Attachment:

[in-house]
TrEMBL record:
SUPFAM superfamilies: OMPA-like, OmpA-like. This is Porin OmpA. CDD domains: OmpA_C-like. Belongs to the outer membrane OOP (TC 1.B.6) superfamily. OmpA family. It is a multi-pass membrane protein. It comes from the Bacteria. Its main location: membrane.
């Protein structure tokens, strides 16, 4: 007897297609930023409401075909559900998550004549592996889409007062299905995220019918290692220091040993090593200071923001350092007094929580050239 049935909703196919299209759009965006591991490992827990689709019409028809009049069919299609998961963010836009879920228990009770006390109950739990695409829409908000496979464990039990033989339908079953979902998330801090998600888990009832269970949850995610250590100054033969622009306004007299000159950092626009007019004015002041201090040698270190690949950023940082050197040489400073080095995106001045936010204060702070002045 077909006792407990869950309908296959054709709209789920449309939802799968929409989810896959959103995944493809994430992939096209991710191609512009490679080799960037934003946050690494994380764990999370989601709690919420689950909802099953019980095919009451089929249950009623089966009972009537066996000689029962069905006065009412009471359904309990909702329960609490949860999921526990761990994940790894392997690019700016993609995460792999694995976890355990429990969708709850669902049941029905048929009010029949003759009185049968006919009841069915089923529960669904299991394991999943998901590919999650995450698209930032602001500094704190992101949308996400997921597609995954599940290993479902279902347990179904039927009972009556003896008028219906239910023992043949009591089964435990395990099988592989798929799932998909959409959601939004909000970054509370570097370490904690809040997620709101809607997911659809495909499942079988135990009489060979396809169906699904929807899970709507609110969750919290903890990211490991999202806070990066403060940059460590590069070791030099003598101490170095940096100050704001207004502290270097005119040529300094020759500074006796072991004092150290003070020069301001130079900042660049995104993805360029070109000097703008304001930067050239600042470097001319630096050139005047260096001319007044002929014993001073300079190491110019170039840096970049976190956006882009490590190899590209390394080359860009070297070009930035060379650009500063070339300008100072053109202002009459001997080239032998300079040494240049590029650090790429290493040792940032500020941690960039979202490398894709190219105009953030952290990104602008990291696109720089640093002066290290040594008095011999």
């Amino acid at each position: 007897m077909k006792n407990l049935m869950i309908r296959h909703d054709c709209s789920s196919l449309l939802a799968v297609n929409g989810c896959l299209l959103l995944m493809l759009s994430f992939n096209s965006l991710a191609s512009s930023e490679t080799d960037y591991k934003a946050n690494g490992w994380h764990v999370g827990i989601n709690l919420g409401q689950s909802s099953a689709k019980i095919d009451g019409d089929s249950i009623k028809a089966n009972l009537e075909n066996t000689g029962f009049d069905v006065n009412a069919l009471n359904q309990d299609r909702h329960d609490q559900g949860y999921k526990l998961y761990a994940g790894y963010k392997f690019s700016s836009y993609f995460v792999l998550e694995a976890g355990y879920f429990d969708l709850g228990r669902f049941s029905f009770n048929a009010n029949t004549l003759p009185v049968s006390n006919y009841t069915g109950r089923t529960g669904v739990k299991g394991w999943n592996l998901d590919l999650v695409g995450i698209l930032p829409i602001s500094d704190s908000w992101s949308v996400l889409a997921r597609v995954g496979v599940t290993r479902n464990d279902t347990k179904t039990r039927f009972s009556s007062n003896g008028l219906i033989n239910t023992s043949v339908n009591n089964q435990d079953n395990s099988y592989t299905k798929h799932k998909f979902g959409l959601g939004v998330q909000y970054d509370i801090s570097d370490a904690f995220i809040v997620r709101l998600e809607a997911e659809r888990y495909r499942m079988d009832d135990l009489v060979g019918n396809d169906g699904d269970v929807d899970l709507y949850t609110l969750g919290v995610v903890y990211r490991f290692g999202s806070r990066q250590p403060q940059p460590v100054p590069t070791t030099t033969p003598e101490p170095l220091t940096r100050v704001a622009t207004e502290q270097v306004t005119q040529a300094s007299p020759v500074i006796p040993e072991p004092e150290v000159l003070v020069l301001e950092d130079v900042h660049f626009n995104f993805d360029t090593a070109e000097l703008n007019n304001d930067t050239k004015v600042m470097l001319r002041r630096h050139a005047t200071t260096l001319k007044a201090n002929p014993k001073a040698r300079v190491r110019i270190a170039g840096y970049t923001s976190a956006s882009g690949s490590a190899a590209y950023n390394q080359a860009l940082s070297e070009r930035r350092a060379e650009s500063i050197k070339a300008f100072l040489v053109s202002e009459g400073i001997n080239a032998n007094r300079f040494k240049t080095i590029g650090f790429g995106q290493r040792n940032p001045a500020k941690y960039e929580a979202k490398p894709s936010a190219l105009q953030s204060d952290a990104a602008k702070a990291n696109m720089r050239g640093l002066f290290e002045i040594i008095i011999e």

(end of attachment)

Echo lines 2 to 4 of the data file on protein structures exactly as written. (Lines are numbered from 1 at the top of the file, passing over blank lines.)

TrEMBL record:
SUPFAM superfamilies: OMPA-like, OmpA-like. This is Porin OmpA. CDD domains: OmpA_C-like. Belongs to the outer membrane OOP (TC 1.B.6) superfamily. OmpA family. It is a multi-pass membrane protein. It comes from the Bacteria. Its main location: membrane.
């Protein structure tokens, strides 16, 4: 007897297609930023409401075909559900998550004549592996889409007062299905995220019918290692220091040993090593200071923001350092007094929580050239 049935909703196919299209759009965006591991490992827990689709019409028809009049069919299609998961963010836009879920228990009770006390109950739990695409829409908000496979464990039990033989339908079953979902998330801090998600888990009832269970949850995610250590100054033969622009306004007299000159950092626009007019004015002041201090040698270190690949950023940082050197040489400073080095995106001045936010204060702070002045 077909006792407990869950309908296959054709709209789920449309939802799968929409989810896959959103995944493809994430992939096209991710191609512009490679080799960037934003946050690494994380764990999370989601709690919420689950909802099953019980095919009451089929249950009623089966009972009537066996000689029962069905006065009412009471359904309990909702329960609490949860999921526990761990994940790894392997690019700016993609995460792999694995976890355990429990969708709850669902049941029905048929009010029949003759009185049968006919009841069915089923529960669904299991394991999943998901590919999650995450698209930032602001500094704190992101949308996400997921597609995954599940290993479902279902347990179904039927009972009556003896008028219906239910023992043949009591089964435990395990099988592989798929799932998909959409959601939004909000970054509370570097370490904690809040997620709101809607997911659809495909499942079988135990009489060979396809169906699904929807899970709507609110969750919290903890990211490991999202806070990066403060940059460590590069070791030099003598101490170095940096100050704001207004502290270097005119040529300094020759500074006796072991004092150290003070020069301001130079900042660049995104993805360029070109000097703008304001930067050239600042470097001319630096050139005047260096001319007044002929014993001073300079190491110019170039840096970049976190956006882009490590190899590209390394080359860009070297070009930035060379650009500063070339300008100072053109202002009459001997080239032998300079040494240049590029650090790429290493040792940032500020941690960039979202490398894709190219105009953030952290990104602008990291696109720089640093002066290290040594008095011999």